Note; This tip has nothing to do with mental ray at all, but since the issue I describe tend to manifest on Maya when opening the mental ray control panel (due to the sheer number of tiny windows w. subwindows) I mention it here.
Have you ever run, for example, Maya (on Windows XP or earlier - Vista works better here) with a ton of other programs running, and tried to open a particularily complex AE template for some shader, to find the application go "plop" and disappear?
While there are any number of probable causes, I was debugging a particular case and actually found the cause, and it was sometihng I never really suspected, and is pretty non-obvious. And doesn't have anything whatsoever to do with mental ray, as I said above.
So what's up?
Back in the day of 16 bit Windows 3.0, running out of "window handles" (each window on screen has a "handle", like an identifier, used by the operating system to keep track of it) was extremely common, and every Windows user recognized the symptoms... windows wouldn't open, or buttons/texts would be missing from dialogs, or windows opened as only borders, or a strange "placeholder text version" of dialogs popped up.... whatever.
You'd think that a "modern" operating system wouldn't have a limit on the number of windows it could have opened, right? With multipled gigabytes of RAM, this shouldn't be an issue... right?
Well... think again. ;)
First of all the number of possible handles is apparently - still - limited to a 16 bit number (that's 65536 possible handles). But the real limit doesn't lie there, coz that's plenty. The real limit lies in the fact that each "window handle" also implies a memory allocation of a special data structure, that lives in a special memory area called the "desktop heap". And this memory area is small. As a matter of fact, by default, on XP (32 AND 64 bits) ... it's 3 megabytes!!!! Thankfully, on Vista it's larger, so Vista users do not need to do anything (except cry over all the other issues with Vista.... but that's for another blog day...)
Practically, this means that at around a few thousand windows (or other handles), things start failing.
Now, the user interface in Max, Maya and XSI are "windowed" UI's. This means that each control in each dialog is considered a "window" (from the point of view of the operating system). And sub-dialogs, little rollouts, etc. are all subwindows, with controls sub-sub-windows, and buttons can be sub-sub-sub-sub-windows, etc.
Anyone who has seen a compelex Max dialog box or Maya UI, and consider that counting every single little box, control, and thing, you'll find that that's a lot of windows. Maya easily consumes a couple of thousand handles all on it's own. (You can see this by telling your task managers "processes" tab to display the "GDI OBJECTS" column)
(Incidentally, this issue is known by Microsoft, to the extent that they try to write their software "windowless", i.e. when you run, say, Internet Exploder, each little thing on the webpage is not a separate window from the OS's point of view, precicely because of this problem!)
All is lost! The Sky Is Falling! Or?
Not at all.
See, the cool thing is that you can set up the size of the "desktop heap" by fiddling with the registry.
However, there are two things to consider when doing this, one fairly benign, and one less so.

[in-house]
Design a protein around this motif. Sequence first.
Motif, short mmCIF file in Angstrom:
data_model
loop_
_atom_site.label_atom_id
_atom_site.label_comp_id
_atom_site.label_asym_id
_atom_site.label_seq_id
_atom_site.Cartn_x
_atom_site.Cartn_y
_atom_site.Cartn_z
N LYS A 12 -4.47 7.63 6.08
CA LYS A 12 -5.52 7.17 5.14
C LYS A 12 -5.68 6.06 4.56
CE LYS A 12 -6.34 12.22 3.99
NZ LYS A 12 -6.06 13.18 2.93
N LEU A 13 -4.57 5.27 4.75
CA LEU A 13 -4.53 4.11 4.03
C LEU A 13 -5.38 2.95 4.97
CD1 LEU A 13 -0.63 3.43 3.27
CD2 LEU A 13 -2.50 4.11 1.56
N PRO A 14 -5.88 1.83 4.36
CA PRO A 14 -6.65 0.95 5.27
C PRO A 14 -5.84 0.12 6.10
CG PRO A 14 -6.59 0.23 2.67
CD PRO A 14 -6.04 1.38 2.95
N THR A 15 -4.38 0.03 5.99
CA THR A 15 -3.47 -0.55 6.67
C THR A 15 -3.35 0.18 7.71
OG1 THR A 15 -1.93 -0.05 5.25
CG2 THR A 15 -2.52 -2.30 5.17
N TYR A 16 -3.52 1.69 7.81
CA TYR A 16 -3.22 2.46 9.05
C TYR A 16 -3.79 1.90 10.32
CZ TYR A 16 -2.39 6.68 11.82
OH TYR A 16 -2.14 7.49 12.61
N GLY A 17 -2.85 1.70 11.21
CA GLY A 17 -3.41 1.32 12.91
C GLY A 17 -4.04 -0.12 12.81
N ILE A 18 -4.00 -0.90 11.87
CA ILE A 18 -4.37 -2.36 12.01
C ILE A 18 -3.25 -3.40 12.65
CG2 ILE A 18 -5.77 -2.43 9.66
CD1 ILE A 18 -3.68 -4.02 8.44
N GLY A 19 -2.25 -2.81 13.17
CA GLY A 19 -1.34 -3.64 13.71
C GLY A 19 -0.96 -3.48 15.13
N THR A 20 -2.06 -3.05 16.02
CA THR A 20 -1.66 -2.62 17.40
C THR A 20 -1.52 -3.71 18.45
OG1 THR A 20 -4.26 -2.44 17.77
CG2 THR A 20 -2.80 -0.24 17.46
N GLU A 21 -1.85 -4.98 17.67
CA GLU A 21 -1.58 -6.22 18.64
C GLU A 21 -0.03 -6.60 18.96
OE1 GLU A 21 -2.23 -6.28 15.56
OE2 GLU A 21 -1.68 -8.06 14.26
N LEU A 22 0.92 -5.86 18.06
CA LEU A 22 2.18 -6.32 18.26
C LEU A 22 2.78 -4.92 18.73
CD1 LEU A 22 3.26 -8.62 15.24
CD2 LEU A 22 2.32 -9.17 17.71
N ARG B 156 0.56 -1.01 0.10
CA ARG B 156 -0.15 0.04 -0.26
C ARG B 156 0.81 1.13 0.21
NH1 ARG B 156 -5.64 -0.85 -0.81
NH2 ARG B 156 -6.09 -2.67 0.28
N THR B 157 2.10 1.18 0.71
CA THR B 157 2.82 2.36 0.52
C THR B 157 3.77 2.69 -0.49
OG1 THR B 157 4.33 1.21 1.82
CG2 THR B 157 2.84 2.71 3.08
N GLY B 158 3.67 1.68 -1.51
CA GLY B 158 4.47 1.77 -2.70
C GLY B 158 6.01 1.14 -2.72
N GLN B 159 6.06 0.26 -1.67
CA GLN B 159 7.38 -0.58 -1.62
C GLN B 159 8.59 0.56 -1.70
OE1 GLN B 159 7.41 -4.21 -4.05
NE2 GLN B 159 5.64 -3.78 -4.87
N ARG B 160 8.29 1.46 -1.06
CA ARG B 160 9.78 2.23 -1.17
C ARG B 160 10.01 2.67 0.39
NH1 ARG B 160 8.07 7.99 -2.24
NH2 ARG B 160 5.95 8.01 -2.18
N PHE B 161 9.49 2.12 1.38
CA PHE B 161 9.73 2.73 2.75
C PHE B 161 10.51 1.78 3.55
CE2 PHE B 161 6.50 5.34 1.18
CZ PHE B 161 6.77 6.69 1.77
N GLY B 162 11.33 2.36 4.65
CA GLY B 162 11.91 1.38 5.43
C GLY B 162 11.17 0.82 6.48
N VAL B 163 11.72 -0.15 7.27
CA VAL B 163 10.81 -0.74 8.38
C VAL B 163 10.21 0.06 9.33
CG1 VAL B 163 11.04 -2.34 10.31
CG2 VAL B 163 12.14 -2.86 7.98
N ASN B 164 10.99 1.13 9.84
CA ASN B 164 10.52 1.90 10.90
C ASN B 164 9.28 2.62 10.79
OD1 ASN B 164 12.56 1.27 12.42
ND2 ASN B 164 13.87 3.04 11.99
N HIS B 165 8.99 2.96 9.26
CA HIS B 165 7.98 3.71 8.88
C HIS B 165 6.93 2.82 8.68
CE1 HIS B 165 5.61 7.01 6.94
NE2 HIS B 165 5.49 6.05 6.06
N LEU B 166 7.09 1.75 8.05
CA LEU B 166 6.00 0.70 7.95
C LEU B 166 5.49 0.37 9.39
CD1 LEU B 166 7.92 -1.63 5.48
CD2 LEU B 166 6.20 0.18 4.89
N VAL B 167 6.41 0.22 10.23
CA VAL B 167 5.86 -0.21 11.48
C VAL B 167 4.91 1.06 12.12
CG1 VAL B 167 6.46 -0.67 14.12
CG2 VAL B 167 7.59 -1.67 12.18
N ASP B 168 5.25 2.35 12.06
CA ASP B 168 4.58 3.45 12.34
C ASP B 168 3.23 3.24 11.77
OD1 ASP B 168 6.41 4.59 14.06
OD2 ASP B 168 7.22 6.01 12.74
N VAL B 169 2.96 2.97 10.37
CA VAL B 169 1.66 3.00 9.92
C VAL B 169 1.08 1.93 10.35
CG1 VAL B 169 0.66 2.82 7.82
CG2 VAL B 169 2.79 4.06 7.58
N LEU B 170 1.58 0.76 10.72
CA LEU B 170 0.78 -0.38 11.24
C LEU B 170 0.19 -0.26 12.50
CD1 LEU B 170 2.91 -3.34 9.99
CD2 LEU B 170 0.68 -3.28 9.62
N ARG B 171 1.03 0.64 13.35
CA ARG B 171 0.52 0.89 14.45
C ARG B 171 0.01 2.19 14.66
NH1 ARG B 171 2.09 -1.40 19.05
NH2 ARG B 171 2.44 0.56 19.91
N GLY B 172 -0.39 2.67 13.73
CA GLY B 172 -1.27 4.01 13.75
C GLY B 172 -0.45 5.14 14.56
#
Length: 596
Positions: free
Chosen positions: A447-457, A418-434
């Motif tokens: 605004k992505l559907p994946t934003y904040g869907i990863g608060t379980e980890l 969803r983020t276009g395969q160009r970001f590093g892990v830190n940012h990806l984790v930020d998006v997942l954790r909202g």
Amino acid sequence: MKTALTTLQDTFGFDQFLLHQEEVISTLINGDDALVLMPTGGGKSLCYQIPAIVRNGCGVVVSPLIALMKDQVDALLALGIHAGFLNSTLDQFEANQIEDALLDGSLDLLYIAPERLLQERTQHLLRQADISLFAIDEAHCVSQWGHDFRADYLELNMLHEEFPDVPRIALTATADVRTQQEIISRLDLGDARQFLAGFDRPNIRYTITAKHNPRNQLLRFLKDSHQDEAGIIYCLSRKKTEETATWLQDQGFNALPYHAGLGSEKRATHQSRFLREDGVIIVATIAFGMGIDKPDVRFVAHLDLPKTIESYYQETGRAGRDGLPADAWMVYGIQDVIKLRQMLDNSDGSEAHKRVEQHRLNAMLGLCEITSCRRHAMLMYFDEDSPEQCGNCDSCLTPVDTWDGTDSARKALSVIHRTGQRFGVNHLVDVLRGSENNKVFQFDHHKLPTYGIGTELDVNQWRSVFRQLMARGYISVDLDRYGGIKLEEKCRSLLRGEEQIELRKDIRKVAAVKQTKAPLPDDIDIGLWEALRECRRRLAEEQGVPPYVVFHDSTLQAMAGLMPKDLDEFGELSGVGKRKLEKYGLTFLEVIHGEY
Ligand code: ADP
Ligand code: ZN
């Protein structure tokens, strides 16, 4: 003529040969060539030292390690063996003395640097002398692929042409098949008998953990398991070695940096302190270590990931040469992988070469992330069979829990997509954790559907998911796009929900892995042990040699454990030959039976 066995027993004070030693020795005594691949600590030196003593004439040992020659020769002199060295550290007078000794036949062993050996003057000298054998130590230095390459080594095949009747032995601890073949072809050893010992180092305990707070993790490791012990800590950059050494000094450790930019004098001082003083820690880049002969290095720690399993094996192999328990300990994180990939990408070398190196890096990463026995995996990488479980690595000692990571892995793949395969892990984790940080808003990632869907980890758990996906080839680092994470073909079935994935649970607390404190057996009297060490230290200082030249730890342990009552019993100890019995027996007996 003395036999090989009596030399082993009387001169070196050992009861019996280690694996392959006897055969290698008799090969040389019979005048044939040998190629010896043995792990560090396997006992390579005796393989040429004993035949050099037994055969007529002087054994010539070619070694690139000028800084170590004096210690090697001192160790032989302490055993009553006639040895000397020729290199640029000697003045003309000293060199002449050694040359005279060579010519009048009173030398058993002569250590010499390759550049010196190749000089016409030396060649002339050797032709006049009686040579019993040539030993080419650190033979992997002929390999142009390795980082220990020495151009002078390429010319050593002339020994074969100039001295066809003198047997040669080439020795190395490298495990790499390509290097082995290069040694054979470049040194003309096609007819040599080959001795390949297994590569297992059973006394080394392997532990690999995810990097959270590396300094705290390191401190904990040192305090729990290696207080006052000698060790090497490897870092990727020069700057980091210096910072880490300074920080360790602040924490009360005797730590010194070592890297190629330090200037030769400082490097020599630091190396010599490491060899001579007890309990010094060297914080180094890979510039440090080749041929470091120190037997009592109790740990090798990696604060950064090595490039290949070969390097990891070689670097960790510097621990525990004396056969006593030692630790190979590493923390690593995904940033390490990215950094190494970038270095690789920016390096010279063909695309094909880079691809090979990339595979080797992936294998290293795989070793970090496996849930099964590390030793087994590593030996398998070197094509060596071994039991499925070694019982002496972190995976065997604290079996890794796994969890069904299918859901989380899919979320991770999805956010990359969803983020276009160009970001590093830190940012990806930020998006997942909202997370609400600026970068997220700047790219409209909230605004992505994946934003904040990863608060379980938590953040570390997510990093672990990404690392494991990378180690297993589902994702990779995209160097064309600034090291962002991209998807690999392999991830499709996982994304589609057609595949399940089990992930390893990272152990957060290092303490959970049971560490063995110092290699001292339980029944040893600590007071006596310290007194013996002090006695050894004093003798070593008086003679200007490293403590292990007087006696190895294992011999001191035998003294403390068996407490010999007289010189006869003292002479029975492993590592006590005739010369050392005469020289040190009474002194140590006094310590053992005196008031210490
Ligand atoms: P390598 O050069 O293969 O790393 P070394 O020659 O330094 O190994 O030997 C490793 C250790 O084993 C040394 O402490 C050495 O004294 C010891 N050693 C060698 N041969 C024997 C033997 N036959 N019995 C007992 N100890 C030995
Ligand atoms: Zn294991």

The benign issue is that the "desktop heap" actually comes out of a larger memory area called the "Session View" (don't you just love these names?). And the size of the "Session View" is also limited (to 48Mb by default). Which is again adjustable, but that in turn lives in Kernel address space, which also is limited... to another, larger, value. And so on. You get the idea.
So the point is, you can increase the "desktop heap" size by editing the registry, but you can't just do it willy nilly and put in any old value, because you will get other problems, of running out of "Session View" space.
What I did was to up it from 3Mb to 4Mb, and the problems I had pretty much went away immediately.
The second, less benign issue, is that this is a really hairy registry location, and a horribly convoluted registry key, which actually contains a long string of some 200 characters where you have to change one thing in the middle, and the problem is the fact that doint it wrong can turn your PC into a brick.
Let me repeat that: Doing the registry edit INCORRECTLY CAN TURN YOUR PC INTO A BRICK. A DOORSTOP. A BOAT ANCHOR. MKAY!!??
So proceed with caution!
So what do I do?
Well, first of all, be aware of the above. I will take no responsibility for you turning your machine to scrap metal by a clumsy registry edit. Really. Proceed at your own risk, your own peril, and totally on your own responsibility. If you work at a studio, and the machine is not your own, talk to the TD or machine responsible person, point him to this webpage, and let him do it.
Made that clear?
If things blow up, do not come crying to me. I warned you. Ok? Good.
The registry key in question is (and if you don't know how to edit the registry, you probably shouldn't be trying this...):
The default value of this key is something like this
SharedSection=1024,3072,512 Windows=On SubSystemType=Windows
...except it's all in one gargantuan long line, requiring you to scroll horizontally. See that "SharedSection" thing in there? After it it says "1024,3072,512"? Well, the 3072 in the middle, that's the "3 megabytes" we are talking about. 4 megabytes is 4 * 1024, i.e. 4096. So what we want to do is change "3072" to "4096".
Having done that, and rebooted, you should be gold.
More information about the desktop heap can be found here, or using, well, Google.